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Secured Transactions



In doing business, it is important to be able to acquire business loans and to be confident a debtor will repay a loan. Secured transactions are agreements between debtors and creditors. Status as a secured creditor gives creditors priority in property that they have a security interest in if the debtor becomes insolvent. Unsecured creditors, in contrast, have no priority. They must seek relief through the judicial system, which can take a long time and be expensive. The Uniform Commercial Code (UCC) is a group of laws that regulate business and commercial transactions and has the effect of law if adopted by a state.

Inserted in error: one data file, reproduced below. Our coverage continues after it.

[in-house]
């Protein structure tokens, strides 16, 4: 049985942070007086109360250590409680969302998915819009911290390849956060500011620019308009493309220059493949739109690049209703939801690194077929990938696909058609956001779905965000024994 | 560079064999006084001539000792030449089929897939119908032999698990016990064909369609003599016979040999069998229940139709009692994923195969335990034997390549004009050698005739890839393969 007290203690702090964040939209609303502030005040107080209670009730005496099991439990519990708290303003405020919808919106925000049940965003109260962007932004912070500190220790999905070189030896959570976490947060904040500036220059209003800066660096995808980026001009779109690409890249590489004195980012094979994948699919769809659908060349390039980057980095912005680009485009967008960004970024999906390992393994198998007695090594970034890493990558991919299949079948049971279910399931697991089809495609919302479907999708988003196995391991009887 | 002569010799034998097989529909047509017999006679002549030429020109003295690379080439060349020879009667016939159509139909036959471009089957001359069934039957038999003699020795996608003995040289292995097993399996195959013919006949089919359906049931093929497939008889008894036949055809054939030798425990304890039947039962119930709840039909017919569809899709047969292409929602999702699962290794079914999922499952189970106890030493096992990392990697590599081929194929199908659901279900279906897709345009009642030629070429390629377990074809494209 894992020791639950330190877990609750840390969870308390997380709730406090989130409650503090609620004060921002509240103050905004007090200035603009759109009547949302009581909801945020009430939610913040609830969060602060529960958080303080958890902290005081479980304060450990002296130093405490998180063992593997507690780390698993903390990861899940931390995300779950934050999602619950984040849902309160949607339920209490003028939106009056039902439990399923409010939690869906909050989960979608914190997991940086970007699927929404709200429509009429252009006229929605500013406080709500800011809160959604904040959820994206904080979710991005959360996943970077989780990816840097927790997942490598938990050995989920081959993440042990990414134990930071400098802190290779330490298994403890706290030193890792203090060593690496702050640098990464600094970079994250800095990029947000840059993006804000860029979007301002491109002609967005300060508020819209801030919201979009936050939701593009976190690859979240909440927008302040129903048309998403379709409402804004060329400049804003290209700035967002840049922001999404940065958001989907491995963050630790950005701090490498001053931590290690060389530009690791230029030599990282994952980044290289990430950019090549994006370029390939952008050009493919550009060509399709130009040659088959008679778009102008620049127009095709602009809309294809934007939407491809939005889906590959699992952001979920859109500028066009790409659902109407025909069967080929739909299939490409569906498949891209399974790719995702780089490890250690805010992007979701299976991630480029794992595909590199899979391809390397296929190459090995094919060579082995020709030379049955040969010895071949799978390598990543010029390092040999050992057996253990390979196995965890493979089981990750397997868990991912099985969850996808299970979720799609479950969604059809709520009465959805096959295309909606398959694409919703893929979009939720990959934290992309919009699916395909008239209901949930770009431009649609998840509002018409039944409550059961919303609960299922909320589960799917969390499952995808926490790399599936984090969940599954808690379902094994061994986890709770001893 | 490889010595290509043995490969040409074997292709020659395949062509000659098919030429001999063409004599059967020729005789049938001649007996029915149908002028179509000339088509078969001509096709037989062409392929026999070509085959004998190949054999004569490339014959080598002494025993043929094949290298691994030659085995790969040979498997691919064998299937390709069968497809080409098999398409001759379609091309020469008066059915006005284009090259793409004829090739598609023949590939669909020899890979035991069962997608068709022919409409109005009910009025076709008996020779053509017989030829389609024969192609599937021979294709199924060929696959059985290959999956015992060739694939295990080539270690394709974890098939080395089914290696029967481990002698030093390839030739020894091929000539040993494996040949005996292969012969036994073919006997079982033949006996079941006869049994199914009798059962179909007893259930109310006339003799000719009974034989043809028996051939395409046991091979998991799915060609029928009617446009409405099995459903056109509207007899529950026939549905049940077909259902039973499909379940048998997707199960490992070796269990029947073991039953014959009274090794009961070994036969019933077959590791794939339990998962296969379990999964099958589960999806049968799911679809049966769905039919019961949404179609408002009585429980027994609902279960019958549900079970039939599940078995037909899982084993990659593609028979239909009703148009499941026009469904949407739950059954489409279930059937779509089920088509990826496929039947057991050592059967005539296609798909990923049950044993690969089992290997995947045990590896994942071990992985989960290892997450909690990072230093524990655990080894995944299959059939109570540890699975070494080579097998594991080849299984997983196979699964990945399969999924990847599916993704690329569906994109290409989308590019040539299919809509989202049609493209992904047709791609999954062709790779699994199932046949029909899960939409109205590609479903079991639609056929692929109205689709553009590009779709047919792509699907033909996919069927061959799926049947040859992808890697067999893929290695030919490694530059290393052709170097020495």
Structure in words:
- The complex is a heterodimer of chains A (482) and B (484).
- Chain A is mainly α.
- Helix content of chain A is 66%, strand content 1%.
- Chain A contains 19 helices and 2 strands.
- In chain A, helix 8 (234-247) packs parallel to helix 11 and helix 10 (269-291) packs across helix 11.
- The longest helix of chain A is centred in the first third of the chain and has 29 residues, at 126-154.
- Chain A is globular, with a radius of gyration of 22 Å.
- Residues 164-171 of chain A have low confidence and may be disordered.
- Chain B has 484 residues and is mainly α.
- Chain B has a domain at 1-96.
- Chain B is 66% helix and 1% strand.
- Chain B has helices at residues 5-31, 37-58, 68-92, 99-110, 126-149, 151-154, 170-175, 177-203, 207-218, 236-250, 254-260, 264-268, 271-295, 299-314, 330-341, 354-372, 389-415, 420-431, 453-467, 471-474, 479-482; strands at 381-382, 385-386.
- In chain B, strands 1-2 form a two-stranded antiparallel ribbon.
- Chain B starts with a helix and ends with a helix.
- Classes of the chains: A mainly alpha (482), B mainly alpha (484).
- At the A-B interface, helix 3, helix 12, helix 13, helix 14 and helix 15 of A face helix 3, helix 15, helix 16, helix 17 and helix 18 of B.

At A Glance

  • A secured transaction is one in which a debt is guaranteed by a debtor's personal property, usually through a security agreement.
  • Some security interests can also arise without a security agreement, such as in the case of a purchase-money security interest.
  • Secured creditors have priority over other creditors with regard to the property they have a security interest in.
  • Unsecured creditors have no priority and are only entitled to take what is left after secured creditors have been satisfied.